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By Huw Edwards, CEO of ukactive

In the week the Government published its new ‘Get Active’ sports and physical activity strategy, the familiar question re-emerges of whether another great ‘summer of sport’ has inspired increased participation across the nation. For all the progress represented by the Lionesses’ road to the World Cup final, back home in the UK, stark inequalities continue to plague not only elite sport but grassroots sport and, more broadly, participation in physical activity at all.

The good news? We have a burning opportunity to take a far more serious, system-wide approach to creating an active nation. And the motivations extend well beyond creating the next generation of Lionesses, to something far more fundamental.

The creation of a new taskforce within the strategy is welcome but the proof will be in its delivery plan and whether it truly secures buy-in cross-government. Because this is the moment sport and physical activity can deliver far beyond the limitations of its existing box and into supporting our health services and our economy.

New figures from NHS England show that around 7.6 million people were waiting to start treatment at the end of June. On top of this, the ONS reports that the number of people economically inactive because of long-term sickness has risen to over 2.5 million, with two of the major reasons being musculoskeletal problems (70%) and mental health issues (53%).

This is difficult reading, affecting one in eight of us directly. But the sport and physical activity sector stands ready to support many of those stuck on waiting lists and those wanting to get back into, or remain in, the workforce.

Taking these issues in turn, we must stop people using the NHS at today’s levels. The investment currently proposed is no match for the demand the institution is facing going forward. Better partnership with the sport and physical activity sector can help begin to turn this around. Research from Sport England and Sheffield Hallam University found that keeping people active every year saves £9.5bn for the NHS through reductions in the prevalence of major conditions, including heart disease and strokes, diabetes, dementia, cancer, depression, and back pain.

What about the economy? A major factor in our sluggish economic growth is poor productivity levels, which in turn is impacted by our national health. Physical activity participation in employees is linked to increased productivity at work and job satisfaction. A study by Deloitte valued the potential economic benefit, in healthcare savings and increased productivity, of getting physically inactive workers to be active as up to £17bn a year.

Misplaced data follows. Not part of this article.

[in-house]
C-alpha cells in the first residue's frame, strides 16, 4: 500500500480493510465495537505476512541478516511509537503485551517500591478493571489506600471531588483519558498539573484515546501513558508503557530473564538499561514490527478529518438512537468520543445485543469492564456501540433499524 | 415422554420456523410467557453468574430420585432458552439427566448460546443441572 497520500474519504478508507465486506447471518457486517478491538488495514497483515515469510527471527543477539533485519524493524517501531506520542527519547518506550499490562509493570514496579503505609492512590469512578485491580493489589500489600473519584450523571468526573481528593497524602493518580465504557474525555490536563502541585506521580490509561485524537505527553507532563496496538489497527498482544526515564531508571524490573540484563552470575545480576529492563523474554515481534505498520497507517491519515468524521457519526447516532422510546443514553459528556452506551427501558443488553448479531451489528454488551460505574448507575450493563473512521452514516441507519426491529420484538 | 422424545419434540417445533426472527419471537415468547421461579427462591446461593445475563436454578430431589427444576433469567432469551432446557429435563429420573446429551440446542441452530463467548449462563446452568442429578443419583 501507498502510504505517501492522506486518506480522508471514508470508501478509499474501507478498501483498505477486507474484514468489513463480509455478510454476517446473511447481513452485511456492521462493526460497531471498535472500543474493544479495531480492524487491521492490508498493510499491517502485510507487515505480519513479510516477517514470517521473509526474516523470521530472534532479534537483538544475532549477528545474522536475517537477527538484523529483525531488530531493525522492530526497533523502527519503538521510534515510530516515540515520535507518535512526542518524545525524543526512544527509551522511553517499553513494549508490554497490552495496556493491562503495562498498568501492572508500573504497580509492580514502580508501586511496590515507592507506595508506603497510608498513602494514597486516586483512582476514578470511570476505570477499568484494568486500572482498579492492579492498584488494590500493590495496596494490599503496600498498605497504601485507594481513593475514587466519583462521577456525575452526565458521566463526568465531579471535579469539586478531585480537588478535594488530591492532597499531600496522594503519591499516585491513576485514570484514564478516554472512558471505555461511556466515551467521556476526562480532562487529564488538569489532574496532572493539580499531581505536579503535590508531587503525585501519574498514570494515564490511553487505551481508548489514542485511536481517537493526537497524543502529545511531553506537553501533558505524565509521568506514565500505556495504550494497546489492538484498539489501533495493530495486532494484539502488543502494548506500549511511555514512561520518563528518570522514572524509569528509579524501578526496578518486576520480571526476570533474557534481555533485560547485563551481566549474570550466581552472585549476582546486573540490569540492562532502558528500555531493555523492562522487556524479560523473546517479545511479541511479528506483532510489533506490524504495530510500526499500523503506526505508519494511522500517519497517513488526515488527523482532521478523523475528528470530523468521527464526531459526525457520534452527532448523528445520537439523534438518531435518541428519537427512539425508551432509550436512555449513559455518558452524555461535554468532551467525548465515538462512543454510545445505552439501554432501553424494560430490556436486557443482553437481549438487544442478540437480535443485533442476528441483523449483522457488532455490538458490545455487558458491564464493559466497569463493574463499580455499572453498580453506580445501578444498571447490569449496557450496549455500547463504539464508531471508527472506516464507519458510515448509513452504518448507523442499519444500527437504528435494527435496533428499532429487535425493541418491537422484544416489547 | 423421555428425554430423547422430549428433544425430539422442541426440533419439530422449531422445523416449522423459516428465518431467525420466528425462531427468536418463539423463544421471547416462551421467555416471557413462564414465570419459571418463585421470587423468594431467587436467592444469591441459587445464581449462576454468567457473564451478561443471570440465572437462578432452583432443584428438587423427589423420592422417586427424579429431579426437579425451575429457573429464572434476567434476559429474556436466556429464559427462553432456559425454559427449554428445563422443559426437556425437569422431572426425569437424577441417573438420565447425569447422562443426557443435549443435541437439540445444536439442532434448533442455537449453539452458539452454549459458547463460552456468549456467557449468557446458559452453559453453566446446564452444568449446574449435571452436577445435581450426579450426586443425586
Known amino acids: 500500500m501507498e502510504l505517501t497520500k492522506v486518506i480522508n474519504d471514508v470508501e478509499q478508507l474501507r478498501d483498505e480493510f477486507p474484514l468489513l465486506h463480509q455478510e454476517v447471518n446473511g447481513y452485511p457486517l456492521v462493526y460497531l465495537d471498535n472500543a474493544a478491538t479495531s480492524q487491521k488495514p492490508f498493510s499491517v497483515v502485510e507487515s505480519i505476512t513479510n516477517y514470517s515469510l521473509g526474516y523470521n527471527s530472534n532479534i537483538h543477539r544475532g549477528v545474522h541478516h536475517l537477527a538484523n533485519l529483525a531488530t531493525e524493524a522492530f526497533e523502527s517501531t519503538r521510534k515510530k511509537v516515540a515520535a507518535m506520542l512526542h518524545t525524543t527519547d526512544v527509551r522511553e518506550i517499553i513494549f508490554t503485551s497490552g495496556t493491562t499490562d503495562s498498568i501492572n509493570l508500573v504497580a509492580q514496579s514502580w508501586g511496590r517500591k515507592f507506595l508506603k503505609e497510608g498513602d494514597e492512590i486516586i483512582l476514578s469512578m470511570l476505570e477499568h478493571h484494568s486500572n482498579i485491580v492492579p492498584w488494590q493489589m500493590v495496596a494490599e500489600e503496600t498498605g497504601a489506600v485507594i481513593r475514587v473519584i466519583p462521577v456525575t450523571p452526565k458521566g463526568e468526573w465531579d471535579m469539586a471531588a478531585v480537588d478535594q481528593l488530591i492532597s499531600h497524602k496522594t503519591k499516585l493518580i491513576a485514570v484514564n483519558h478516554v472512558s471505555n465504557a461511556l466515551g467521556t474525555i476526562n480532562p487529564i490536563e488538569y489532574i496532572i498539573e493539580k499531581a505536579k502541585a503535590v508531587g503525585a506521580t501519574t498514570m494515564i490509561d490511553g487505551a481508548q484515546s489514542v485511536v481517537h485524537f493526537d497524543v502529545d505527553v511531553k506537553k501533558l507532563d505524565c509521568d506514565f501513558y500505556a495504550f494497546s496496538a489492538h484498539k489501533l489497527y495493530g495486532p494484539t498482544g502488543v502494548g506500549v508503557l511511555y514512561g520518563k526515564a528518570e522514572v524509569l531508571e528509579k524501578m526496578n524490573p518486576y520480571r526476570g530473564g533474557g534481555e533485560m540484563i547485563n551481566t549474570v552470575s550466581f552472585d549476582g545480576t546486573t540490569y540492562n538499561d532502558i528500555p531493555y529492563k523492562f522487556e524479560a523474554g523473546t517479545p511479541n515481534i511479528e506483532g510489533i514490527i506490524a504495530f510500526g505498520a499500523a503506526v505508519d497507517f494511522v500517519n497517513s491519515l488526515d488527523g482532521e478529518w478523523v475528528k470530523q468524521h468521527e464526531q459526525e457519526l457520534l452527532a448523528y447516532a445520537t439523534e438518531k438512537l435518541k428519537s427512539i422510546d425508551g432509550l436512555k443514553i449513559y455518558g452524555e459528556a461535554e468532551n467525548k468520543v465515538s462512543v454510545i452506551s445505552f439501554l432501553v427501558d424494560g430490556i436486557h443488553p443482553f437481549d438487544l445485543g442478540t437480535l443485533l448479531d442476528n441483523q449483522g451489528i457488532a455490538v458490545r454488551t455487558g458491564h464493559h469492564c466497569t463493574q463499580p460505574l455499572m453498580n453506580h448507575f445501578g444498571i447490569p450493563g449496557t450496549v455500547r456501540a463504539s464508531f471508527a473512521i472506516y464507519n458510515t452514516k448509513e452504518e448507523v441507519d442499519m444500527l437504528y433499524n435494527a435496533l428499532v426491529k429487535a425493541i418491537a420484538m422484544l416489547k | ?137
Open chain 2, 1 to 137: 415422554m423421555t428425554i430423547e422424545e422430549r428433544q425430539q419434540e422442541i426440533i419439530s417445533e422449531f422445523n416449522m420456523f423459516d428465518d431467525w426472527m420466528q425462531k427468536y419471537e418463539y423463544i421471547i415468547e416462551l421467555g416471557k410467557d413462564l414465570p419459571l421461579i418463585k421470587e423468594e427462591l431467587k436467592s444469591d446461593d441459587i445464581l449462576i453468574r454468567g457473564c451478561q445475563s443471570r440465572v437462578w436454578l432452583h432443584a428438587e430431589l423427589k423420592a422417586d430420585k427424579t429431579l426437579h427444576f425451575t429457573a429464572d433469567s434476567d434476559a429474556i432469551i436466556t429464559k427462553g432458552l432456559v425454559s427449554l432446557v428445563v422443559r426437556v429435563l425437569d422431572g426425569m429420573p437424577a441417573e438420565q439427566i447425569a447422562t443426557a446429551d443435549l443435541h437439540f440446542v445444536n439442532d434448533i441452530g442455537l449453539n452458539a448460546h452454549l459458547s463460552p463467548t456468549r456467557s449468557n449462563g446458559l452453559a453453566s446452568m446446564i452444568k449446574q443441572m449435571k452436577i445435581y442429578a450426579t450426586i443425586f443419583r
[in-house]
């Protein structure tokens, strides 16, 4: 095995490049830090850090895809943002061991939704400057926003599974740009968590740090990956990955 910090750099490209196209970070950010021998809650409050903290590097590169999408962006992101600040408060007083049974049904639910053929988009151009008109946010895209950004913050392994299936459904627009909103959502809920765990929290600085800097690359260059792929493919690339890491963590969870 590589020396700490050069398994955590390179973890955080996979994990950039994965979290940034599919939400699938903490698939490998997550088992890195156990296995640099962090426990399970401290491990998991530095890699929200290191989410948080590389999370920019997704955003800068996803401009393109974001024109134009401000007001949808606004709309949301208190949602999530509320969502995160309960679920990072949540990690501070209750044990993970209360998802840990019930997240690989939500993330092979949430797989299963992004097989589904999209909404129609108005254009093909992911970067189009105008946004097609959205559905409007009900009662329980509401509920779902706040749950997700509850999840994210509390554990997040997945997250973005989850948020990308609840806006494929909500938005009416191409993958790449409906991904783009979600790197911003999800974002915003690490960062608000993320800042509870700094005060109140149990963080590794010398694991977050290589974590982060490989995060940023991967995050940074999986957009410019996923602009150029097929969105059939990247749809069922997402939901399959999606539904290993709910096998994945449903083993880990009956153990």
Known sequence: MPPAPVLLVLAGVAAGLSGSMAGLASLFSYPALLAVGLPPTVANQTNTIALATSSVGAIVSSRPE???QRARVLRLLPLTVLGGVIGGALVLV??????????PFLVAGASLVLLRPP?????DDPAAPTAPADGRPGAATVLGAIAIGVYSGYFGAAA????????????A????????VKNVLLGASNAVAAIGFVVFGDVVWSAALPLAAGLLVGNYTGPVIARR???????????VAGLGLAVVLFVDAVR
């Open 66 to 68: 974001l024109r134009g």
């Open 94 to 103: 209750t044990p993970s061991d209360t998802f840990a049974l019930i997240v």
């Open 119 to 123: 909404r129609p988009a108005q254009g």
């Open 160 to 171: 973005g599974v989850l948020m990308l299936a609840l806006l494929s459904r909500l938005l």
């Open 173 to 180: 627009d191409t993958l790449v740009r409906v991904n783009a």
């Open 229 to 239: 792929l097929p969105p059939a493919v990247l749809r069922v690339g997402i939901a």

Furthermore, this would help the UK’s 7,000 gyms, pools, and leisure centres still financially struggling from the effects of the pandemic and the energy crisis, by stimulating demand for their services. Now, I’m not saying that more people going to the gym is the silver bullet to fix all our nation’s health and economic growth problems, but the statistics above prove that it is a key piece of the puzzle.

And Britons are wising up to the positive impacts that physical activity can have. New research we conducted with gym members across the UK found 78% are focused on improving their mental health and 81% on improving their physical strength. Fifty-five per cent cited managing a health condition as their number one driver for being a member of a gym or leisure facility.

Our nation wants to be stronger; it wants to feel better – but will our political leaders listen?  On 20th September it will be National Fitness Day, the year’s biggest celebration of being active, touching every part of our communities with free activities hosted in schools, factories, offices, sports clubs, fitness facilities, village halls, hospitals, care homes and living rooms. This is a day where people across the UK – irrespective of age or background – are encouraged to move and be active to benefit their physical, mental, and social wellbeing.

I hope everyone reading this gets involved, but two people I would particularly like to see getting active on National Fitness Day are Rishi Sunak and Keir Starmer. This is an opportunity for them to lead by example. Not only is it good for their health, but it is good policy and good politics.

We need our government, and any future government, to place much greater emphasis on this agenda. It must help this sector to fulfil its potential, but we are barely scratching the surface of what is possible and I hope our political leaders use the Sports Strategy and National Fitness Day as the catalyst for the change we seek.

To read our joint sector response to the sports and physical activity strategy, click here